This notion that the Dodgers need to Watch out! because Yasiel Puig’s mental blunders could cost them a playoff game is the latest in a series of stories about the rookie phenom that mean well but miss the point.
If Los Angeles is lucky enough to be in position to watch Puig make a costly mistake in a playoff game, whom do you think everyone in the city will need to line up and thank?
The Dodgers don’t need to watch out for Puig’s mistakes any more than they need to watch out for Mark Ellis’ inconsistent bat, Carl Crawford’s throwing arm, Don Mattingly’s bullpen choices or any of the numerous weaknesses that every member of the team has.
Admittedly, it’s hard to find them in Clayton Kershaw, but even him.
Yasiel Puig makes mistakes in the field. His mistakes can be interpreted as character flaws, which can be infuriating.
Just because he makes a certain type of mistake doesn’t mean he is singularly capable of hurting the Dodgers in a way no other player is.
With every player, you evaluate the pros and cons in a total package, and then you put out the best possible lineup on a given day. Evaluating Puig’s weaknesses in a vacuum, independent of the immensely promising strengths, is a pointless exercise.
The tricky thing with Puig, one can concede, is that it’s not like he only makes mistakes against lefthanders or in day games. So you can’t hide them the way you might, say, hide Andre Ethier’s production against lefties (Sunday’s homer notwithstanding).
Until there are three other outfielders whose net production is better than Puig’s, you play Puig. And right now, no such outfielder on the Dodgers exists, unless Matt Kemp returns from the disabled list in his 2011 form. Let alone three of them.
Kemp, of course, illustrates the folly of getting caught up in a player’s mental mistakes. Before he became a Most Valuable Player candidate, people became obsessed with his baserunning errors, to the point of calling for him to be traded, when his talent was obvious and all that was needed was more patience for him to get the message.
It wasn’t the benching of Kemp that solved his issues. It was, all parties subsequently disclosed, a lengthy and frank conversation between Kemp and Ned Colletti that got everyone on the same page. Kemp reached a level of maturity that Puig will probably get to at some point, through patience and tutelage and conversation and several other tools. In other words, it might not arrive by by 4:05 p.m. today.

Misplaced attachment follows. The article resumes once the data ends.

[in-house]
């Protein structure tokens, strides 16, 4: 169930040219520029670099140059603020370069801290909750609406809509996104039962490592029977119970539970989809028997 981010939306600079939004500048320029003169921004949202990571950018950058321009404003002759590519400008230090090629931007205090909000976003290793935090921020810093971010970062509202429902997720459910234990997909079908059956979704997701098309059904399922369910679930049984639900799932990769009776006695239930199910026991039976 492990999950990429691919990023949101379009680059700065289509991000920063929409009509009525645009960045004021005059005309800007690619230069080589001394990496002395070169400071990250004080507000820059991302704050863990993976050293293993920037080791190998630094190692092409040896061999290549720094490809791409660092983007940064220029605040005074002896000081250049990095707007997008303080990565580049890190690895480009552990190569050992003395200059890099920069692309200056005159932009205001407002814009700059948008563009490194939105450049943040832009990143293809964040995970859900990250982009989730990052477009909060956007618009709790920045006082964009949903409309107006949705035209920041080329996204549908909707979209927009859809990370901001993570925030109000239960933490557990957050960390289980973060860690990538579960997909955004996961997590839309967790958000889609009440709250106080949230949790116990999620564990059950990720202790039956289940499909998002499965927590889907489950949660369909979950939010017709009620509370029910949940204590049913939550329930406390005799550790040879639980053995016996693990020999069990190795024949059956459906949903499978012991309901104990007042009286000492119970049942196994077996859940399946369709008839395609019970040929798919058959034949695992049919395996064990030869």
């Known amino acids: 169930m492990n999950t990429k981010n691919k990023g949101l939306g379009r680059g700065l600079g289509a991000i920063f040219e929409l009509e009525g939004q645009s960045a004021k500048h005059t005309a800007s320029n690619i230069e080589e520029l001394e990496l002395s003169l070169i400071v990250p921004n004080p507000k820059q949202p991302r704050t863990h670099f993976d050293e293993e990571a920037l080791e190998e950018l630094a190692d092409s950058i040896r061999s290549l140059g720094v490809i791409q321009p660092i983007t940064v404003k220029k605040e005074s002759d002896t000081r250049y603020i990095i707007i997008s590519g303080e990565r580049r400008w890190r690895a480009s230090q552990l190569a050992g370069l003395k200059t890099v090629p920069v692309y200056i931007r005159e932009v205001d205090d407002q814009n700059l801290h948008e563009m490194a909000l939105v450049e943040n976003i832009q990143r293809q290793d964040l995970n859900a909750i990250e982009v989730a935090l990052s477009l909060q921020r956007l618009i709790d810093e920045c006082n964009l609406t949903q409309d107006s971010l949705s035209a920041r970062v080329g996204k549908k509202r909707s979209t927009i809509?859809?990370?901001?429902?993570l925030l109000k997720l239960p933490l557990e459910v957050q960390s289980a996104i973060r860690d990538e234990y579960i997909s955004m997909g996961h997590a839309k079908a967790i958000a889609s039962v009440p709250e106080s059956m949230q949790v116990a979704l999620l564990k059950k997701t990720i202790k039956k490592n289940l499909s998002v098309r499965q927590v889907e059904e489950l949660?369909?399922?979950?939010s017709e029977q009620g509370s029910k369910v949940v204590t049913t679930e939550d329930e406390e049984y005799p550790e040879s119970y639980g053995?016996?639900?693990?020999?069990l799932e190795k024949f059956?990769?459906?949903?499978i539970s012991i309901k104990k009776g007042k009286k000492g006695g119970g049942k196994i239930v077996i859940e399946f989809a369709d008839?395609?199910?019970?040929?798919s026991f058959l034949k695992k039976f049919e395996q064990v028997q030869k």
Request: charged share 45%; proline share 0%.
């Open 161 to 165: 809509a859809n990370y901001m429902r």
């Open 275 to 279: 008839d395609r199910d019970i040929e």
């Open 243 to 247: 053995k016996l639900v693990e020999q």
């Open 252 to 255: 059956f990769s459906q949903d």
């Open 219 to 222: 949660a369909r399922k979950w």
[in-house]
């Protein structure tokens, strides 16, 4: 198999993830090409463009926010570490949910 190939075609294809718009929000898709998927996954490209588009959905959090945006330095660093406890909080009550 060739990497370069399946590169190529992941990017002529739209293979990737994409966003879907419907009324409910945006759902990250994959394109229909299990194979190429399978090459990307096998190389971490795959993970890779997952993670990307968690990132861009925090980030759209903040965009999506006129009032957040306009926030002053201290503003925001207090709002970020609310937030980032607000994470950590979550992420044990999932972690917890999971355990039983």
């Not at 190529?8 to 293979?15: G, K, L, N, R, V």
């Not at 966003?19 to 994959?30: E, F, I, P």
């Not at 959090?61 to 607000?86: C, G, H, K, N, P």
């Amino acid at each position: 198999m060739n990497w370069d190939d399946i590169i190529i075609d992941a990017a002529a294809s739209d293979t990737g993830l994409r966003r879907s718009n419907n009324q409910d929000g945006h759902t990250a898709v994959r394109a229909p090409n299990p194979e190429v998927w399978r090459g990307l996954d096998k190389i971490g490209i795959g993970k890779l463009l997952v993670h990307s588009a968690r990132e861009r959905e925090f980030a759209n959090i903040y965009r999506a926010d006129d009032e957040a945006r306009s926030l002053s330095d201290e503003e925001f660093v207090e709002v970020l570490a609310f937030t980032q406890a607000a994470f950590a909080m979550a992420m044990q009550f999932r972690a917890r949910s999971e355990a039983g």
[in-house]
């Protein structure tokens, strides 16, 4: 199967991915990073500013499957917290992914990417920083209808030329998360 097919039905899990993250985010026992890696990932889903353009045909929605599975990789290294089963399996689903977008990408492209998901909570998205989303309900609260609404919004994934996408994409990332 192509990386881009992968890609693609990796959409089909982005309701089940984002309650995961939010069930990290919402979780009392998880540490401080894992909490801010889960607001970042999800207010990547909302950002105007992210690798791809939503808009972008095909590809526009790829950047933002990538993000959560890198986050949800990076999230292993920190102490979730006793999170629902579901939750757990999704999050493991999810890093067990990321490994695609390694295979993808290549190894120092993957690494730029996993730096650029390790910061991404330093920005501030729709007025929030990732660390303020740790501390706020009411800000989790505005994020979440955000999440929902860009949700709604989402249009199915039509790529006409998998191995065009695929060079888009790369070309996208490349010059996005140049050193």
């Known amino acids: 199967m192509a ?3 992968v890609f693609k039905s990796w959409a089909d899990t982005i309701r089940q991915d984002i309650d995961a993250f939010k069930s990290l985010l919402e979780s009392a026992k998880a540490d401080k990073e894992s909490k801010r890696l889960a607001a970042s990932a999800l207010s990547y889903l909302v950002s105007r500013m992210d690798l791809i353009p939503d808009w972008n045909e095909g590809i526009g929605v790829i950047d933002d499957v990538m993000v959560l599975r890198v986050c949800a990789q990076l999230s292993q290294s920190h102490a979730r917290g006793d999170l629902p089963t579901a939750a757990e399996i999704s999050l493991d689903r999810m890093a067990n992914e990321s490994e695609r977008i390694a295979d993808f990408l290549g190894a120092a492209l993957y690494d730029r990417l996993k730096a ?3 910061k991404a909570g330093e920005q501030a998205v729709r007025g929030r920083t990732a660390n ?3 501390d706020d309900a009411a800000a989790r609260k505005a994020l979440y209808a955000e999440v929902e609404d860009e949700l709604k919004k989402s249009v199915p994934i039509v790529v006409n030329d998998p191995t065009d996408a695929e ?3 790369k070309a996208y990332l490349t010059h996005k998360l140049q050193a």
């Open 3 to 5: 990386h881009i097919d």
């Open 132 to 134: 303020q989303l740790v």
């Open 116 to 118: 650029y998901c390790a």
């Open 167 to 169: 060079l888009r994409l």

It will come when it comes. It will come as fast as the Dodgers can make it come. It will come soon enough.
This is not to say Puig shouldn’t get an occasional day off, like every other Dodger has gotten since Steve Garvey played first base. But a punitive benching isn’t likely to do much other than make the people watching the games feel superior.
Mistakes like throwing to the wrong base are easy pickins’ for mortals like fans and sportswriters, because it’s the kind of thing we mortals could actually get right. If I know to hit the cutoff man, Puig must be a human disaster area if he doesn’t, right?
At the end of the day, wouldn’t you rather have a ballplayer whose biggest problem is he throws or runs to the wrong base, rather than one whose biggest problem is he can’t hit or run at all? Puig is already learning patience at the plate faster than anyone way, way back in June dreamed he would. If Puig’s biggest remaining problem is learning to hit the cutoff man, that’s not something to denigrate, that’s something to celebrate.
And we’re not even discussing the the fact that the same approach that sometimes leads Puig astray might also lead him to triumph, many times over.
It’s entirely possible that a Puig mistake will cost the Dodgers a game. That makes him like nobody else — except everyone else that wears a Dodger uniform.